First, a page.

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AIA Fine Tunes Contract Documents with 2017 Release
June 21, 2017 - ✉ Email The Editor
The American Institute of Architects has released the latest revision to its widely used Contract Documents. The 2017 Contract Documents contain significant changes, but don’t represent a major revision, said Michael B. Bomba, director and counsel, contract documents and risk management, AIA. “They are more an evolution,” he said.
For building owners and facility managers, probably the most notable change in the 2017 Contract Documents is a new sustainable projects exhibit, which can be added to most AIA contracts to address the risks and responsibilities associated with sustainable design and construction services.
The new exhibit provides a way to identify the sustainability objective, if any, of the owner. That objective might be LEED certification, for example, or an energy-use goal. By outlining steps for the architect, contractor, and owner — such as a workshop after the sustainability goal has been set — the exhibit supplies a “process-oriented way to achieve the sustainability objective,” said Bomba.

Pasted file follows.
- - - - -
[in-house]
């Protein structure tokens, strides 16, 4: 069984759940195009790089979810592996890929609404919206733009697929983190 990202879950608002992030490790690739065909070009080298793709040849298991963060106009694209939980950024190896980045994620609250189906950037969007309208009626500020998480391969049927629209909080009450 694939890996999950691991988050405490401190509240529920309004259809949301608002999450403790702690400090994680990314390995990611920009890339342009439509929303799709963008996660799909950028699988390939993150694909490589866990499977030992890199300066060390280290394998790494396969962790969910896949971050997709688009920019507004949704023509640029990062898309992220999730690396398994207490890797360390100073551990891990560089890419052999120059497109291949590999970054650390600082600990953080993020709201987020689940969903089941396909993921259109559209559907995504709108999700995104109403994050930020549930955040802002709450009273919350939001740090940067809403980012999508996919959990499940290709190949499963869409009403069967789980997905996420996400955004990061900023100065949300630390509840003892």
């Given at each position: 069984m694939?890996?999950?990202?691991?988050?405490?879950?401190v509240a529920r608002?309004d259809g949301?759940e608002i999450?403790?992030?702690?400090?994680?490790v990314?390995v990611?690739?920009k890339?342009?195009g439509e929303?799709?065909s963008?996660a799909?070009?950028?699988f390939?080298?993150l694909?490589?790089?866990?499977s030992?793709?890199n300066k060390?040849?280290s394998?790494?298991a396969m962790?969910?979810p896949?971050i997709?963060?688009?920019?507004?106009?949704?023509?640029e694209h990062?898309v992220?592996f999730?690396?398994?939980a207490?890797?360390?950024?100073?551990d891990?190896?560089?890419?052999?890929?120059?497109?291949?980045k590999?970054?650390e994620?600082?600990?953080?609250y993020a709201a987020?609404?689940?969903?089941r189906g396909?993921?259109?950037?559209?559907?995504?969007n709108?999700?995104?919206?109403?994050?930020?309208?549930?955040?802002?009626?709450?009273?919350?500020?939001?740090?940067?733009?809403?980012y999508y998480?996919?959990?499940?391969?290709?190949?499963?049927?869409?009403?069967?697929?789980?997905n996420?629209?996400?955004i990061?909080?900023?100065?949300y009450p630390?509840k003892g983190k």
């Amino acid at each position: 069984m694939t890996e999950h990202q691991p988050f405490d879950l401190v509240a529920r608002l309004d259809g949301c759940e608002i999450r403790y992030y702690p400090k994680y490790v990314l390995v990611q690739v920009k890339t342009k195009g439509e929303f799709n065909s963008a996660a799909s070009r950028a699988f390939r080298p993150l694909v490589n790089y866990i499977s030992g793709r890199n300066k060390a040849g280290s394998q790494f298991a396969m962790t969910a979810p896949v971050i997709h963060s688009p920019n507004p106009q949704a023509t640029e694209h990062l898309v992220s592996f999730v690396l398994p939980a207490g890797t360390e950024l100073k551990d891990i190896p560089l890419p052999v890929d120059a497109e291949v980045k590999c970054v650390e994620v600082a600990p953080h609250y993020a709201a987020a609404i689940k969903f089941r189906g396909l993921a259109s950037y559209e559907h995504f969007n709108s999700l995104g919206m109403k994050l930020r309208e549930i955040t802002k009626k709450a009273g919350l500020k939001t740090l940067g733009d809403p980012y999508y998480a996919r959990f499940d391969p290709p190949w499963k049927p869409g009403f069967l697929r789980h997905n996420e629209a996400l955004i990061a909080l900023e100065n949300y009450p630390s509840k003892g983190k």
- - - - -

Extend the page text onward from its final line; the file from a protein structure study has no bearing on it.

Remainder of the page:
AIA updates the core AIA Contract Documents every 10 years.
Other changes in the documents:
• The parties are prompted to discuss and insert an appropriate fee for terminations for the owner’s convenience.
• An architect is no longer required to re-design for no additional compensation if he or she could not have reasonably anticipated the market conditions that caused the bids or proposals to exceed the owner’s budget.
• A new exhibit has comprehensive insurance and bonds provisions that can be attached to many of the AIA owner/contractor agreements.
• New provisions relate to direct communications between the owner and contractor.
• Revised provisions pertain to the owner’s obligation to provide proof that it has made financial arrangements to pay for the project.
• Simplified provisions for the contractor to apply for, and receive, payments.
• Services that go beyond “basic services,” and are identified at the time of agreement, are now categorized as “supplemental services,” to avoid confusing them with “additional services” that arise during the course of the project.
• Agreements clarify how the Architect’s progress payments will be calculated if compensation is based on a percentage of the owner’s budget for the Work.
Click here for more on AIA 2017 Contract Documents.
This Quick Read was submitted by Edward Sullivan, editor of Building Operating Management magazine, email@example.com. Click here to read more about design and construction on Facilitiesnet.com.